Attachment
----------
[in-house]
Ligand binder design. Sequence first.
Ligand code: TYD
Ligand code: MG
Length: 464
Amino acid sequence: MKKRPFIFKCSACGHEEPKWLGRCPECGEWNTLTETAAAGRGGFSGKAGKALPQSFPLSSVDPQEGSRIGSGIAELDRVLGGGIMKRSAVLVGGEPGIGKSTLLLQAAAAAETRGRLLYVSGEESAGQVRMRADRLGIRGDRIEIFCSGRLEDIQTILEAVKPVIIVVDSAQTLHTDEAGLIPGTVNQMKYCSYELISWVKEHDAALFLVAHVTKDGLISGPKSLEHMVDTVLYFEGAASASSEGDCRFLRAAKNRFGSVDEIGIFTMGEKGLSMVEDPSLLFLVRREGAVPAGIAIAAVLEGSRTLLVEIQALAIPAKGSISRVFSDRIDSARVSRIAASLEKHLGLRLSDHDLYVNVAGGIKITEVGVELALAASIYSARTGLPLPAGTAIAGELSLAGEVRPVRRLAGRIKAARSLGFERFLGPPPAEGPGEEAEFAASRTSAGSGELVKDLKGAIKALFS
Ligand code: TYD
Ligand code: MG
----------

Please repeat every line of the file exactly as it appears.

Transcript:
[in-house]
Ligand binder design. Sequence first.
Ligand code: TYD
Ligand code: MG
Length: 464
Amino acid sequence: MKKRPFIFKCSACGHEEPKWLGRCPECGEWNTLTETAAAGRGGFSGKAGKALPQSFPLSSVDPQEGSRIGSGIAELDRVLGGGIMKRSAVLVGGEPGIGKSTLLLQAAAAAETRGRLLYVSGEESAGQVRMRADRLGIRGDRIEIFCSGRLEDIQTILEAVKPVIIVVDSAQTLHTDEAGLIPGTVNQMKYCSYELISWVKEHDAALFLVAHVTKDGLISGPKSLEHMVDTVLYFEGAASASSEGDCRFLRAAKNRFGSVDEIGIFTMGEKGLSMVEDPSLLFLVRREGAVPAGIAIAAVLEGSRTLLVEIQALAIPAKGSISRVFSDRIDSARVSRIAASLEKHLGLRLSDHDLYVNVAGGIKITEVGVELALAASIYSARTGLPLPAGTAIAGELSLAGEVRPVRRLAGRIKAARSLGFERFLGPPPAEGPGEEAEFAASRTSAGSGELVKDLKGAIKALFS
Ligand code: TYD
Ligand code: MG